Letters to the Editor

RU-486: Pro-abortionists wanting to lift of the import ban of RU-486, the French "abortion pill."

Letter Number: 317

Your coverage of the proposed new abortion law commented repeatedly on the "restrictions" it contained. It's interesting, and perhaps revealing, that the word "protective" was never part of your vocabulary.

The fact is: anti-pollution laws inevitably seem restrictive to some businesses, but protective to environmentalists; laws against the bait-and-switch tactic are restrictive to unscrupulous salesmen, but protective of consumers; laws against underage drinking seem restrictive to teenagers, but their parents see them as protective.

I guess whether something is "restrictive" or "protective" is determined by which side of the fence you're on. Protection for a victim is only viewed as "restrictive" by those who would victimize. From your insistence on calling a law that protects small children "restrictive," we can gather that you side with the abortionists.

Letter Number: 403

In her op-ed piece yesterday, a spokeswoman from an abortion advocacy group wrote about how wonderful it is to have a state full of abortion mills. She made it sound as if her state is a veritable smorgasbord of options for pregnant women. However, she conveniently overlooked the fact that all the choices are the same choice: abortion.

I will believe the spokeswoman's rhetoric about supporting "choice" when I see her addressing the women who don't want abortion but feel they have no choice: those whose husbands, parents, boyfriends, bosses, and "options counselors" browbeat, threaten, or otherwise coerce them into unwanted abortions.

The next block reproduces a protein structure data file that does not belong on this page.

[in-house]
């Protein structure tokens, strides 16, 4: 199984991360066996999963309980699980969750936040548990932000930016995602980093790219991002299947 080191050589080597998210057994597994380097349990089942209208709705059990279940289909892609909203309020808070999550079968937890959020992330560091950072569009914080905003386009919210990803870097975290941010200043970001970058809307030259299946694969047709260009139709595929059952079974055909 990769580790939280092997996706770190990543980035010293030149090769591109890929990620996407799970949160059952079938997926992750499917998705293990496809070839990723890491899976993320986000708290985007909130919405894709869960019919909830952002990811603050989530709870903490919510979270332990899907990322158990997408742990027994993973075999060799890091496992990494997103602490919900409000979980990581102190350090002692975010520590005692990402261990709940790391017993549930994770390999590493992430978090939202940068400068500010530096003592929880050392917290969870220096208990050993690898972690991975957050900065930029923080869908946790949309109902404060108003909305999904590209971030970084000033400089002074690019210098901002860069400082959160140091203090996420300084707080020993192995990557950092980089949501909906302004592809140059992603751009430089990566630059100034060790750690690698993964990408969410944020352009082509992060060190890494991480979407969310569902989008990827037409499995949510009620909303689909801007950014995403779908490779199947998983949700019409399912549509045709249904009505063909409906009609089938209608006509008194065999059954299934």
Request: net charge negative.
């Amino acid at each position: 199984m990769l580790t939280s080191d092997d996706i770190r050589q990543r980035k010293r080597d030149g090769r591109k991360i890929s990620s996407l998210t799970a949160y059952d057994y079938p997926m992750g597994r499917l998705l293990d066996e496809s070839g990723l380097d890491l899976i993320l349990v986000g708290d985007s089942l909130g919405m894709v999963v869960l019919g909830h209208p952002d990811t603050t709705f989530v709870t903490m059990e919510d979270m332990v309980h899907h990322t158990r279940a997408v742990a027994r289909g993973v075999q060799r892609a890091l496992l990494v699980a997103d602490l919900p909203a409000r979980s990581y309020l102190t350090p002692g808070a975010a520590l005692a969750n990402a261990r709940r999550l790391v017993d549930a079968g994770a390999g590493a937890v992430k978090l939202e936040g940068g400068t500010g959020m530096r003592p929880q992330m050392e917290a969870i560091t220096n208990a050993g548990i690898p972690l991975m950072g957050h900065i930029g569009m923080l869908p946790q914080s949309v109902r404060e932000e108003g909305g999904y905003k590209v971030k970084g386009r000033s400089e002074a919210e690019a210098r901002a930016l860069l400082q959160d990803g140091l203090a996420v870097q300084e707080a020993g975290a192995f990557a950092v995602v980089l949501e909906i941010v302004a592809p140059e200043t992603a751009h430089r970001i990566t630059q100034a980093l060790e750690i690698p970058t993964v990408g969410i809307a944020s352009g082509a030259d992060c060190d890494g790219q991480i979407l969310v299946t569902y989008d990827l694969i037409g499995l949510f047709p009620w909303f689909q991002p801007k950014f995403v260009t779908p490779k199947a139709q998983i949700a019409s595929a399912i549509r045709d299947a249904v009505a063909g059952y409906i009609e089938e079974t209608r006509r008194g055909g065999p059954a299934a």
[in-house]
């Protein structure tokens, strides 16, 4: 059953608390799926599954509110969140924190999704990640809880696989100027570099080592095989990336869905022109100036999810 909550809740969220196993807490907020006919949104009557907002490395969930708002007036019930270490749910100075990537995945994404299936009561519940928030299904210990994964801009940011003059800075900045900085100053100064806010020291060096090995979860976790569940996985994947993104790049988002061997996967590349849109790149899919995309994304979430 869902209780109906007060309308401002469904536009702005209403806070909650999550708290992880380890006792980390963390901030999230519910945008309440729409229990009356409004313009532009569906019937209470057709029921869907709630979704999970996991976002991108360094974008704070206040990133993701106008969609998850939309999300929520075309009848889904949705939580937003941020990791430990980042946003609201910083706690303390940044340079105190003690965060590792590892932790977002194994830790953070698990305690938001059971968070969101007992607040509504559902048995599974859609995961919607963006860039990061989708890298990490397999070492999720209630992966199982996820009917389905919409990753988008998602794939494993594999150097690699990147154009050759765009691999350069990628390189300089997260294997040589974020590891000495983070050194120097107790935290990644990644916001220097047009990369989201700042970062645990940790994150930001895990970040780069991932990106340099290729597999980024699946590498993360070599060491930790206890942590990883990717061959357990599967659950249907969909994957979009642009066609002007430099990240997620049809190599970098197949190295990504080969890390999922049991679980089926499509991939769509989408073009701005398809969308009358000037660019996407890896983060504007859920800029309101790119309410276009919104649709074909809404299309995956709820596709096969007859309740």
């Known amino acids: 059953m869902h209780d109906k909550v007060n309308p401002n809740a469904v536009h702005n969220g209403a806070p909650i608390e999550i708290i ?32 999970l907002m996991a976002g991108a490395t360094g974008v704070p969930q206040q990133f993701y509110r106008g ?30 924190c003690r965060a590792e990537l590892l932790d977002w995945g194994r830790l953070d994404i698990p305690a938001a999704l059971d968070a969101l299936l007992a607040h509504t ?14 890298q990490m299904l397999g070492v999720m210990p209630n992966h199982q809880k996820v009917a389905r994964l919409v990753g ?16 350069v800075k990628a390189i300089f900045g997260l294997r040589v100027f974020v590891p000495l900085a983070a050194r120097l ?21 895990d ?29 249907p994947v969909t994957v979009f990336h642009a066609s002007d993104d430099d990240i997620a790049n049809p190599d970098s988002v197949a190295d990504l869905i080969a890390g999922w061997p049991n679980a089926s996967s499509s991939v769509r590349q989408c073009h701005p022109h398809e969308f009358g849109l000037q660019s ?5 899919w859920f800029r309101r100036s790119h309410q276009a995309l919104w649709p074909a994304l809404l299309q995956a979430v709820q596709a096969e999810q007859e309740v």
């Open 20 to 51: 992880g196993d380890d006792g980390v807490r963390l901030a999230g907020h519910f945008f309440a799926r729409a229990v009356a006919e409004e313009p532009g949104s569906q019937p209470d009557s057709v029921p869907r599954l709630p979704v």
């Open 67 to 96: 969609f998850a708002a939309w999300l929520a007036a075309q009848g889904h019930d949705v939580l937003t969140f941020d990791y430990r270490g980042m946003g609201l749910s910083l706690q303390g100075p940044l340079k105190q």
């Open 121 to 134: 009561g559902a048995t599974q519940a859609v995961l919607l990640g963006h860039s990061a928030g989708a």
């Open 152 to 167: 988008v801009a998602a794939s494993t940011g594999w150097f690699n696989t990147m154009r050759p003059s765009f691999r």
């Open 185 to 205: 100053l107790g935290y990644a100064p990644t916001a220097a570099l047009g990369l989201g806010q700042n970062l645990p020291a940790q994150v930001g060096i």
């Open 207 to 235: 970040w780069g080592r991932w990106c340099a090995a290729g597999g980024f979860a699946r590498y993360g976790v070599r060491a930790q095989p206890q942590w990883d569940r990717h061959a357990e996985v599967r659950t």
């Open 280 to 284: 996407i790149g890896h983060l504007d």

Letter Number: 406

I came across an interesting quote lately. See if you can guess who said it.

"I am now speaking of rights under the Constitution, and not of moral or religious rights. I do not discuss the morals of the people favoring abortion, but let them settle that matter for themselves. I hold that the people who favor abortion are civilized, that they bear consciences, and that they are accountable to God and their posterity and not to us. It is for them to decide therefore the moral and religious right of the abortion question for themselves within their own limits."

Any ideas yet? Oh, by the way, I did make one small change in this quote. I substituted the word "abortion" wherever the word "slavery" used to be.

Give up? The speaker was Stephen Douglas, Abraham Lincoln's pro-choice-on-slavery opponent in the presidential election of 1858.

Isn't it funny how the apologists for evil always sound alike, regardless of the issue they're trying to defend. I wonder what that means?

Letter 320

An abortion enthusiast's column yesterday dismissed the evidence of Post-Abortion Syndrome because the researchers who identified it are all opposed to abortion. He claims that if someone opposes abortion, their data must be bad. Couldn't it be just as true that these researchers oppose abortion because their data is good?

If hundreds of non-smoking researchers said that cigarettes were bad for you, would you dismiss them with a contemptuous, "Well, you're opposed to smoking so I'd expect you to say that?" Do we insist on getting data only from tobacco companies?

When Mothers Against Drunk Driving puts out statistics, do we dismiss them because, after all, these people oppose drunk driving? Do we claim that you can only get accurate data on the effects of drunk driving by those who actually drive drunk?

Why do we behave so stupidly with abortion? Why is it that the only data deemed trustworthy is data collected by people with a financial, personal, or political stake in abortion remaining legal and unregulated?

Maybe, just maybe, we don't have bad data because we oppose abortion. Maybe we oppose abortion because abortion is bad.

Priests for Life
PO Box 236695 • Cocoa, FL 32923
Tel. 321-500-1000, Toll Free 888-735-3448 • Email: mail@priestsforlife.org